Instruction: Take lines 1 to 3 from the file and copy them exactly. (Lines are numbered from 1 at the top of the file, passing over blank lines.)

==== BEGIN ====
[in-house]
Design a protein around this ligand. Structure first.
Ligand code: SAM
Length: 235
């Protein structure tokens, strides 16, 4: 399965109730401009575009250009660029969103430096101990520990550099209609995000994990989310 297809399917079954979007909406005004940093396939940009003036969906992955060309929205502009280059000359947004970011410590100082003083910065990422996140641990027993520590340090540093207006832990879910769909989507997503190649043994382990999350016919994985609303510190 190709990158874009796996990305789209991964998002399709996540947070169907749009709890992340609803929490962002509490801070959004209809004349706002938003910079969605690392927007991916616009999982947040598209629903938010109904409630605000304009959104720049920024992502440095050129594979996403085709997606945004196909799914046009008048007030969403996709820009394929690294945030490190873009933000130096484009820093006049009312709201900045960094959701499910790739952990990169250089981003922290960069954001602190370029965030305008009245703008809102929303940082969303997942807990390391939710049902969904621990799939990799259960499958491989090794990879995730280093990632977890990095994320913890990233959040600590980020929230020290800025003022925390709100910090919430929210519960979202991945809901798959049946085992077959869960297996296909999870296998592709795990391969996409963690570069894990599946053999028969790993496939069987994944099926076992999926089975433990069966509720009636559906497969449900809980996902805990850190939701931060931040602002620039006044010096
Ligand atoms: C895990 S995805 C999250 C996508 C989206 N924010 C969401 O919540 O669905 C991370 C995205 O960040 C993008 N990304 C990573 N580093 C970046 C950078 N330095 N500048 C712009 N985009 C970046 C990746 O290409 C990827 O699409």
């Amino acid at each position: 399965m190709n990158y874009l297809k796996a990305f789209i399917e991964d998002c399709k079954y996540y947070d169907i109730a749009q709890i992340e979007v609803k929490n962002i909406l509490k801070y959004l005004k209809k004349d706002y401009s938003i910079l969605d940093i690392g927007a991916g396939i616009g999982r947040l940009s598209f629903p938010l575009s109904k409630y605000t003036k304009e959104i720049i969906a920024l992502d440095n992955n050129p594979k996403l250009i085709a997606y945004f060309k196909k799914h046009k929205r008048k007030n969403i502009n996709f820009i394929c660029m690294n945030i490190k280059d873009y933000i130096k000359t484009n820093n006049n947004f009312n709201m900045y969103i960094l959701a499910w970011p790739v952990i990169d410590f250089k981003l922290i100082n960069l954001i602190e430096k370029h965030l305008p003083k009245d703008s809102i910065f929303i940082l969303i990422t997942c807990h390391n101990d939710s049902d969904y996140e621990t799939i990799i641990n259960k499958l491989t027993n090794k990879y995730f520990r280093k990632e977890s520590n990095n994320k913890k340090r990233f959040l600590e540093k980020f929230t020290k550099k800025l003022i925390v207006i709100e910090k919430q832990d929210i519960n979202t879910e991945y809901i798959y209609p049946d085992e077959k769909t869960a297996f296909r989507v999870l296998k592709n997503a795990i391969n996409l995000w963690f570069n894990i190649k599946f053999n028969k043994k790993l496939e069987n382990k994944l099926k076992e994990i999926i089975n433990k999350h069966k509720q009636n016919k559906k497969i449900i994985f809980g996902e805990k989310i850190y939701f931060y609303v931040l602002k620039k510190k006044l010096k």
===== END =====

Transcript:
[in-house]
Design a protein around this ligand. Structure first.
Ligand code: SAM